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Ohio manufacturers back energy efficiency rules
The Ohio Manufacturers Association commissioned a study that shows Ohio's energy efficiency rules are working

Reporter / Host
Jeff St. Clair
In The Region:

Environmentalists have an unlikely ally in their efforts to keep rules in place that require power companies help their customers use less electricity.

WKSU’s Jeff St.Clair reports that Ohio manufacturers are backing the state’s energy efficiency standards.

St.clair - Efficiency standards debate

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Ohio is one of about two-dozen states that have laws that require utilities to help reduce the amount of power used.  They’re called efficiency standards, and Ohio’s passed in 2008. Now Akron-based FirstEnergy wants to see the energy efficiency rules thrown out. Spokesman Doug Colafella says the rules artificially suppress electricity demand and cost money to implement.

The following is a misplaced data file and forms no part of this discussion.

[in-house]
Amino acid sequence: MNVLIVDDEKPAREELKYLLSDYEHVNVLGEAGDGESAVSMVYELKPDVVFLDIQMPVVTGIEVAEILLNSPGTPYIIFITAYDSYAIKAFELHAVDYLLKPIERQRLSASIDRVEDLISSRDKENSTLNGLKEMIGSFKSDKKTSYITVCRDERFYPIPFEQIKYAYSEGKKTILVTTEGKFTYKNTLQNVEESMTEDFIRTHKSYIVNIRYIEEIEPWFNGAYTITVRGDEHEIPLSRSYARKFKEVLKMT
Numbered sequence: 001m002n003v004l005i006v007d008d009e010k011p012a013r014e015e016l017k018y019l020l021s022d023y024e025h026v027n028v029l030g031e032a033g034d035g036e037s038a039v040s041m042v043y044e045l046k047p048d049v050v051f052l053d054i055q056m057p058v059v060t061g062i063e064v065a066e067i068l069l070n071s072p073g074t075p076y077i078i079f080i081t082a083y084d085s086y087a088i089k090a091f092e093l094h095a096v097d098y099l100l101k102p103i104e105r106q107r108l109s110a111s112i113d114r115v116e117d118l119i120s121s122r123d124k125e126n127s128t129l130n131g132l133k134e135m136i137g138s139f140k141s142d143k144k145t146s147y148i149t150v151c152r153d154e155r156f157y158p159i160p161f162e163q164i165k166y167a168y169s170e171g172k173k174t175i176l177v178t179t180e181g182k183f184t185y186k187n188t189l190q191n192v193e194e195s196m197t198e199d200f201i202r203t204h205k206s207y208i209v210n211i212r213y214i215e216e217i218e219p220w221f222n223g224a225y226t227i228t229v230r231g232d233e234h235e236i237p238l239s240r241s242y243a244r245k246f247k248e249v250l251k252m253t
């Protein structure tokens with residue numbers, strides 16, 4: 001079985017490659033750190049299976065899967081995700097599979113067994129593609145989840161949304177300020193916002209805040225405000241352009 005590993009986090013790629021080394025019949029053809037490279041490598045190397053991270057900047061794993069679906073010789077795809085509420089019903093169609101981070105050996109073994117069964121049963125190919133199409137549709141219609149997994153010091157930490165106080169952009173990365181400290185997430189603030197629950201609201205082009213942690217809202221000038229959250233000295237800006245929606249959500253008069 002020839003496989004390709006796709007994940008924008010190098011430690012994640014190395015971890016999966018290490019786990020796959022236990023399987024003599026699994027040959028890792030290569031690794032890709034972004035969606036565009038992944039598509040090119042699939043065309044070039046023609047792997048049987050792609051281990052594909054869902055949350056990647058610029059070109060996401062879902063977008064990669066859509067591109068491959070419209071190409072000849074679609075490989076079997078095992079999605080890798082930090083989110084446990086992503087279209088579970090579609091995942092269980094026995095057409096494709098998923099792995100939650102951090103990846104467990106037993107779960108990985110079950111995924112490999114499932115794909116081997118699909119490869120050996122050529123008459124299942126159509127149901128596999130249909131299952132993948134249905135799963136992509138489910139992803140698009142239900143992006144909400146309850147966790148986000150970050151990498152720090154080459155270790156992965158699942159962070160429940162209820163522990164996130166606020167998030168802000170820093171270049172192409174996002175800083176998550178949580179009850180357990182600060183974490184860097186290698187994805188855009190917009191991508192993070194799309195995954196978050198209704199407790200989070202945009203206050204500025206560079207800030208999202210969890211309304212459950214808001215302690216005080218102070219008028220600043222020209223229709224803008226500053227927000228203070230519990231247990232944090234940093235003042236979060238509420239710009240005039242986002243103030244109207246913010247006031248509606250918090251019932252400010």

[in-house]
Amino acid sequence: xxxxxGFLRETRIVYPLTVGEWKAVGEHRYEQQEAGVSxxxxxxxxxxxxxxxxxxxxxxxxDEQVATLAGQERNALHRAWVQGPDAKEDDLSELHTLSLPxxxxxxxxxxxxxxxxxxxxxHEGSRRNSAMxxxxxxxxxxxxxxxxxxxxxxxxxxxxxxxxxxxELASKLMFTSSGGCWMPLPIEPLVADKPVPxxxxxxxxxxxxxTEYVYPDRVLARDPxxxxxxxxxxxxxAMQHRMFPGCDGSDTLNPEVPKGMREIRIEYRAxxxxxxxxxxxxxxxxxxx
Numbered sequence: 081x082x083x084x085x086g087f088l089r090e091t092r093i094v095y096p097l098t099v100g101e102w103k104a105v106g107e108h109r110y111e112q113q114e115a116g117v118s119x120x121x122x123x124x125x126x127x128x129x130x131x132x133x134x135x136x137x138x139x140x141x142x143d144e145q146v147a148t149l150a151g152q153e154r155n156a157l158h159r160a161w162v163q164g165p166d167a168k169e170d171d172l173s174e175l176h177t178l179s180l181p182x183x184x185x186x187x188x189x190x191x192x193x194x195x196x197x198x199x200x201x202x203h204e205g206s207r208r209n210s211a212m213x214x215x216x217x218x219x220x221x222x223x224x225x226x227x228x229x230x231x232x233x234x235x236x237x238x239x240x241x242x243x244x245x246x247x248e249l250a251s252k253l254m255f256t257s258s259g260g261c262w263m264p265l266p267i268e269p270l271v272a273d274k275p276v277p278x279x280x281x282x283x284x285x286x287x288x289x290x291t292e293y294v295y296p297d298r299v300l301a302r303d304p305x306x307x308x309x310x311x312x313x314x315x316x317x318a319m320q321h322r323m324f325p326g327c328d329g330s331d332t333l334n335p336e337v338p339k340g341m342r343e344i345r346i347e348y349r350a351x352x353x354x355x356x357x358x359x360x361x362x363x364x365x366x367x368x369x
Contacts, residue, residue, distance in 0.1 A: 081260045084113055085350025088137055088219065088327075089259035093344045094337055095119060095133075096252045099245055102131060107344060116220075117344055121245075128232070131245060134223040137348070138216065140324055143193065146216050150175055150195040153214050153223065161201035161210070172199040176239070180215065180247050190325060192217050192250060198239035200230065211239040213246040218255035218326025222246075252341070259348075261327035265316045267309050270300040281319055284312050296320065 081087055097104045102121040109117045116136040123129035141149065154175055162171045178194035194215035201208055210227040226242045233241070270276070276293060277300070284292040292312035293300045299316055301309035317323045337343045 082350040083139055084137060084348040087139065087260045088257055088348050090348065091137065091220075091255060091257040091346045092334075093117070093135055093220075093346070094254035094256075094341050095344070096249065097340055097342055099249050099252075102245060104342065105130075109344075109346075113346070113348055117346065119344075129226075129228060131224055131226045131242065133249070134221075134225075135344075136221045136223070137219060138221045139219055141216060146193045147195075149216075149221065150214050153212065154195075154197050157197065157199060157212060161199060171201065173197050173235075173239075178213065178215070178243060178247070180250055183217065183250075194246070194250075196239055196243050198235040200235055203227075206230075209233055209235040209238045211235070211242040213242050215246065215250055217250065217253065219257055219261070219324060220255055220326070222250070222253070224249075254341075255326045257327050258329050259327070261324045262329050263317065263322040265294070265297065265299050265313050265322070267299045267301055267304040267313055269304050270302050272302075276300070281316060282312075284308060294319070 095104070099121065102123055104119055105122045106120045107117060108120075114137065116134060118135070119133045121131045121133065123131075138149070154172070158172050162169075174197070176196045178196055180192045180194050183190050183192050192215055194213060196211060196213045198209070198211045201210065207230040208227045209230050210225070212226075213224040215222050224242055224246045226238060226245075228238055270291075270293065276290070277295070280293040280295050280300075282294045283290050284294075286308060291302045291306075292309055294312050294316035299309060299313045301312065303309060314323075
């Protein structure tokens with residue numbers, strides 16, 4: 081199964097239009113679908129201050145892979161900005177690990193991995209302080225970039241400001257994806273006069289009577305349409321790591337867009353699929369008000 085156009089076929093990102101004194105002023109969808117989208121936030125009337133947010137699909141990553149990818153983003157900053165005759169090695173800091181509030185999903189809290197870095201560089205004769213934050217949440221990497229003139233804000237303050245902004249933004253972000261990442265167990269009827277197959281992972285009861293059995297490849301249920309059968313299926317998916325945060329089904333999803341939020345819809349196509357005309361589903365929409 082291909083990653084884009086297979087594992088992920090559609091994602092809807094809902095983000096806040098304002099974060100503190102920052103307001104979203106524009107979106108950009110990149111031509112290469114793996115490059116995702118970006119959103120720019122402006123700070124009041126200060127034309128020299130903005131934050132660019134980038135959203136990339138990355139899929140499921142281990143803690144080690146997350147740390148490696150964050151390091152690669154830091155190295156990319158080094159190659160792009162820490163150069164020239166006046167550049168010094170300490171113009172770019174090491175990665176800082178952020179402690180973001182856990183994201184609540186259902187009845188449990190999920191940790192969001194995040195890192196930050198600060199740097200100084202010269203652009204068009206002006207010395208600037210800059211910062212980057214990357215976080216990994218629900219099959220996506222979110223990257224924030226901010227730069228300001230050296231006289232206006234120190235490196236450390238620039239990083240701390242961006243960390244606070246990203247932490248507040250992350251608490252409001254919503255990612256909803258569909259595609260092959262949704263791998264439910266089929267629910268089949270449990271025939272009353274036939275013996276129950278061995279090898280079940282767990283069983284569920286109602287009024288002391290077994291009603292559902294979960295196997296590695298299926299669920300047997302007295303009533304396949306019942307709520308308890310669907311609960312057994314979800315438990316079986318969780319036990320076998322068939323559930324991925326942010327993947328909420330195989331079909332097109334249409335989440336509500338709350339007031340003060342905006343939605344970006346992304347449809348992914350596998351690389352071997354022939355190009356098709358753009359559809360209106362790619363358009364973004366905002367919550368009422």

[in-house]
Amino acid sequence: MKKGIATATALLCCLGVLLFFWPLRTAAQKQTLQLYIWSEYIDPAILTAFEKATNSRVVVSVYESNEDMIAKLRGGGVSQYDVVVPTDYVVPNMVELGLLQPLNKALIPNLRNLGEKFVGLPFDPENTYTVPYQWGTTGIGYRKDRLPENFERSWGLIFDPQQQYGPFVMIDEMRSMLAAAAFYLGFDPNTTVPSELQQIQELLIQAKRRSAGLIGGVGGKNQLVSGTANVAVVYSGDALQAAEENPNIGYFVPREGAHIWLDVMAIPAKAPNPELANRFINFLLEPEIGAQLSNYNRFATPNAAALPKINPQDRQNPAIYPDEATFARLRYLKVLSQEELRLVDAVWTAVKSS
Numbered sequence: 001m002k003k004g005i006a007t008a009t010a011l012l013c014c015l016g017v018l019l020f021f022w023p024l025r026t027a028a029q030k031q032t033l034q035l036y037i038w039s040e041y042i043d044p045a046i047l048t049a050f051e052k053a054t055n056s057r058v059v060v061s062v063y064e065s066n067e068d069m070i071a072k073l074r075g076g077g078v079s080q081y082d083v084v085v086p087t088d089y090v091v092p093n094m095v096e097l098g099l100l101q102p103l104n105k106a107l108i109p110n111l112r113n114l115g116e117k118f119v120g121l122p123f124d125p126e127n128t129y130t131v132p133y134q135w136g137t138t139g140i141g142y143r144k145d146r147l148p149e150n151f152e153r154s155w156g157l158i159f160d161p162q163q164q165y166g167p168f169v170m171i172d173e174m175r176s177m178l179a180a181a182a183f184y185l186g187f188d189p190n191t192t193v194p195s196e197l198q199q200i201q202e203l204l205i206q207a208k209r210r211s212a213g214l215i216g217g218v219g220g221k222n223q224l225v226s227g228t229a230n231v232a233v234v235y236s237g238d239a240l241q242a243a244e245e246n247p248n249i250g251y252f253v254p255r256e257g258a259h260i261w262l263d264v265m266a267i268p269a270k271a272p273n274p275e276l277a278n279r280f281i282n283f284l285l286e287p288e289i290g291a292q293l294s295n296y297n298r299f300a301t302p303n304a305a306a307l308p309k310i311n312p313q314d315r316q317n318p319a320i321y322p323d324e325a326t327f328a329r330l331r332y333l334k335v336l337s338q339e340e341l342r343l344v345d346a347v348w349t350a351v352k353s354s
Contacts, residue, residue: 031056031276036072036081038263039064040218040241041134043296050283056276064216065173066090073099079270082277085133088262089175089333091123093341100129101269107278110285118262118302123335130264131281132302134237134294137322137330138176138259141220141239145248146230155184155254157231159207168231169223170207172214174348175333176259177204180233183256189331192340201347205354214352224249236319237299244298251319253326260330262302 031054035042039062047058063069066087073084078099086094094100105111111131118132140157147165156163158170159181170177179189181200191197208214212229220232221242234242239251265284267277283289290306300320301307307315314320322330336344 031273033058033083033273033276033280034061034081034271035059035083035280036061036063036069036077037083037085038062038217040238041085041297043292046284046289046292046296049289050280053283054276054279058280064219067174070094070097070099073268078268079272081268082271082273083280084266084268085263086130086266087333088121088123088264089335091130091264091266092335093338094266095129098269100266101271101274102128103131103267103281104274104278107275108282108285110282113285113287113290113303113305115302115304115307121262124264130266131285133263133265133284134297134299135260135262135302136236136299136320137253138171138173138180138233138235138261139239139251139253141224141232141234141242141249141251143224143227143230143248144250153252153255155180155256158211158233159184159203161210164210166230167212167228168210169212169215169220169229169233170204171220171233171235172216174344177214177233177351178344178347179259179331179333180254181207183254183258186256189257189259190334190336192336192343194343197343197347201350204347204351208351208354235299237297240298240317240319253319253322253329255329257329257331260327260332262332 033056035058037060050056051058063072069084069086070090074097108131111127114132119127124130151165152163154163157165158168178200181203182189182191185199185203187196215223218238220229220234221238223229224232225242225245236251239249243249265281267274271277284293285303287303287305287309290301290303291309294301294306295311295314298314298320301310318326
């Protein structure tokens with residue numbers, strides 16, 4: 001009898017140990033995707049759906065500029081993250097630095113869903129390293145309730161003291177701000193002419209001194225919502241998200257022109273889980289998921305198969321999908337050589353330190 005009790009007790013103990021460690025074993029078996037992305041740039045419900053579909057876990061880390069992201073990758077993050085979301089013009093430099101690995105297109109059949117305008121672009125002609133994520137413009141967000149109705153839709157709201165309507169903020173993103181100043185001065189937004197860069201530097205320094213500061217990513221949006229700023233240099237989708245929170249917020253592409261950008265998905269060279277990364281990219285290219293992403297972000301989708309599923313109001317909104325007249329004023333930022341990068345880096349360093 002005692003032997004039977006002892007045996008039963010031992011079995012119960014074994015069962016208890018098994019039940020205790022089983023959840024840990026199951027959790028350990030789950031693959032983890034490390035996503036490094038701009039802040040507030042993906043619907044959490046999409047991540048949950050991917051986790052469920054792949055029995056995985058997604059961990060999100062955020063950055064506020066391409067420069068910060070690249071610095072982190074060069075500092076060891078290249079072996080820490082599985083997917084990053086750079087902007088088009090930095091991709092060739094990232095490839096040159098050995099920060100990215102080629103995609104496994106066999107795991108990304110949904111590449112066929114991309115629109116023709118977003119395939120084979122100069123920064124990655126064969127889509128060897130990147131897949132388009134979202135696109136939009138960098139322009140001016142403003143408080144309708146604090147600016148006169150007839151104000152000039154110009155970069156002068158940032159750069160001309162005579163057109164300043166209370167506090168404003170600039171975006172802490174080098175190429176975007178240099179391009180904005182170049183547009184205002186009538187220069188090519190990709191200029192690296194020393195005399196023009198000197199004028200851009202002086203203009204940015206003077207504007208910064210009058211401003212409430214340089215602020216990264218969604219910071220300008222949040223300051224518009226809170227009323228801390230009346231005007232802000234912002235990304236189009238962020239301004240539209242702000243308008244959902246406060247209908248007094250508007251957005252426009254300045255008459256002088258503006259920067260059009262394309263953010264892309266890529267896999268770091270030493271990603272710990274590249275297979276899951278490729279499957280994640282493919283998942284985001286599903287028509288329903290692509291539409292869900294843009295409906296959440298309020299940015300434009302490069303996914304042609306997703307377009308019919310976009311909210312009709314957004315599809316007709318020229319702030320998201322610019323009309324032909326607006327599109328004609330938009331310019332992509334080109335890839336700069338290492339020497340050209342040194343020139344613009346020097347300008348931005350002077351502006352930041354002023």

“We’ve got plenty of power available; we’ve got low power prices, but yet we’re charging customers every month for programs just to meet mandates.”

But the Ohio Manufacturers Association is backing the efficiency standards. Their study released last week showed the standards are working. Researcher and study author Neal Elliot says reducing demand is the cheapest form of energy savings.  

“We don’t have to make the investments. We don’t have to build the generating plants. We don’t have to buy the fuel.  We don’t have to make investments in upgrading transmission and distribution systems.”

Elliot says Ohio’s efficiency standards, if left in place, will lead to lower energy costs over time. The bill to remove them is currently before the Senate Public Utilities Committee.

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